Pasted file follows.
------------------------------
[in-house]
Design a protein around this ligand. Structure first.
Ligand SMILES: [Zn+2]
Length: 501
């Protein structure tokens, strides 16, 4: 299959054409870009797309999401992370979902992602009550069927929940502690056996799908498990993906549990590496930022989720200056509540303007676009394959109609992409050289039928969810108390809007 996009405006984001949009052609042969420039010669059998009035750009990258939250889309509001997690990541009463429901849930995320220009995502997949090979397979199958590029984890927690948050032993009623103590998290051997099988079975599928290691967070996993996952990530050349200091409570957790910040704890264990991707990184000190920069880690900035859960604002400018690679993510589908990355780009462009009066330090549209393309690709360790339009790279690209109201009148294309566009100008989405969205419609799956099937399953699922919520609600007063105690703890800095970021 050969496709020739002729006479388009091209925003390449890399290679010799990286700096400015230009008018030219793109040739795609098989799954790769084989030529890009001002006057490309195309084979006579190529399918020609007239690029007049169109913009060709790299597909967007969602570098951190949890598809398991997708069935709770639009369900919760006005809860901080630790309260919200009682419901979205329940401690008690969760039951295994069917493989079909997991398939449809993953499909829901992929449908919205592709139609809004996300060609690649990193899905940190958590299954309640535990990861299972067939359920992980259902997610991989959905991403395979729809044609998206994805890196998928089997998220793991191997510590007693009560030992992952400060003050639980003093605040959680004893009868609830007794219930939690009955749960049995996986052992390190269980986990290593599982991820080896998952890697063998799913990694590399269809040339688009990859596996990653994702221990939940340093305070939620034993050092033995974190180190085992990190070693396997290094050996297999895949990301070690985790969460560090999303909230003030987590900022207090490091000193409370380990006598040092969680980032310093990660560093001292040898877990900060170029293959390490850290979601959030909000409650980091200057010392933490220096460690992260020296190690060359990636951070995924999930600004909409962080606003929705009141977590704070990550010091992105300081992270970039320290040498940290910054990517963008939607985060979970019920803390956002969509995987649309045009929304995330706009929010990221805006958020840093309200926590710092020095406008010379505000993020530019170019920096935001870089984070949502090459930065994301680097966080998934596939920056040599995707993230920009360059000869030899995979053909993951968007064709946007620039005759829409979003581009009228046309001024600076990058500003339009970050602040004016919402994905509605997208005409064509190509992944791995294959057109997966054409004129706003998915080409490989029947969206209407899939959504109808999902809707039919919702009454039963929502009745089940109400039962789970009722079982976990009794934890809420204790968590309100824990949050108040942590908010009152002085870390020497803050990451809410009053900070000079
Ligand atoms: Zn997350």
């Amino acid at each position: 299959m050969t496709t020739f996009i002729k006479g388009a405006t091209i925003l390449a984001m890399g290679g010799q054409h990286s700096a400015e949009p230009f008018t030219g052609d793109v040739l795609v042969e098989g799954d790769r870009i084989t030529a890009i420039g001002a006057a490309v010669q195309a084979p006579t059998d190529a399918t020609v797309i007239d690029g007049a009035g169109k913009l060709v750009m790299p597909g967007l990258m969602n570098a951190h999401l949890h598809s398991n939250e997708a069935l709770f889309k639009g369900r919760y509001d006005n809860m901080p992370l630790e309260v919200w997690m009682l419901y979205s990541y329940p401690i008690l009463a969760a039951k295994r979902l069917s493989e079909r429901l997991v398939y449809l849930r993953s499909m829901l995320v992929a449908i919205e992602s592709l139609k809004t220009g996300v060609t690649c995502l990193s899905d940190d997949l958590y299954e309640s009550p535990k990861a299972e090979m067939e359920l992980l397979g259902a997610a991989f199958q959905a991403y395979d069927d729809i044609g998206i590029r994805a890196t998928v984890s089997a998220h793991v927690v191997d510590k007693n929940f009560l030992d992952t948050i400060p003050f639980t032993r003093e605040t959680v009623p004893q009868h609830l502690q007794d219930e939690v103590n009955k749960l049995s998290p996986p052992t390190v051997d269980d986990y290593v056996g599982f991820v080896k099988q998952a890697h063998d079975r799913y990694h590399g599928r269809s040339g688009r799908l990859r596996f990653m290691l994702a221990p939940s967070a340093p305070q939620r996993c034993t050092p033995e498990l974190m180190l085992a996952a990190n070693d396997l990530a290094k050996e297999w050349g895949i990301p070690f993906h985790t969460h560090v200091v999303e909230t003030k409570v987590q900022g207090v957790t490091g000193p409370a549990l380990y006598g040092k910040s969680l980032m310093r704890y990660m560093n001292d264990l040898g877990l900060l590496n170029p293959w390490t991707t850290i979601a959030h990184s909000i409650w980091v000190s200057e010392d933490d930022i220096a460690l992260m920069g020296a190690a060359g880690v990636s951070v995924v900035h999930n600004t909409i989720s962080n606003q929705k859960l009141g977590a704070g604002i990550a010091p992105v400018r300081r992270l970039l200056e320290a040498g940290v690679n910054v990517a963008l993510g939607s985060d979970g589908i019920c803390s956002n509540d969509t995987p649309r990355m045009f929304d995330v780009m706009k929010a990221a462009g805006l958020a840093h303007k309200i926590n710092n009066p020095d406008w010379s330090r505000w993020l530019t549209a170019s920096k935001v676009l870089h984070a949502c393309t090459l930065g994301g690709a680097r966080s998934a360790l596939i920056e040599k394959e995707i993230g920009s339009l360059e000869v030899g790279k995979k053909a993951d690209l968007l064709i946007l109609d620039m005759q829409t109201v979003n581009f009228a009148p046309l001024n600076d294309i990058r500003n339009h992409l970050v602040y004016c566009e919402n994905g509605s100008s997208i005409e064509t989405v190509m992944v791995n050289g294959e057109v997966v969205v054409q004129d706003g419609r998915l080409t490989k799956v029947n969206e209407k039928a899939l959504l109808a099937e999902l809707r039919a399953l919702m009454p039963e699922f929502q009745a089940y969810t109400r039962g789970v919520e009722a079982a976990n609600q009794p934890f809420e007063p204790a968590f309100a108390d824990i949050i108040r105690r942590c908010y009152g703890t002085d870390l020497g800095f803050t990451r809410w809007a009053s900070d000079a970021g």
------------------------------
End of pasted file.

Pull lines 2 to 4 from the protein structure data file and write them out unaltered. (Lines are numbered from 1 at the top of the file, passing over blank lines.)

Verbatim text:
Design a protein around this ligand. Structure first.
Ligand SMILES: [Zn+2]
Length: 501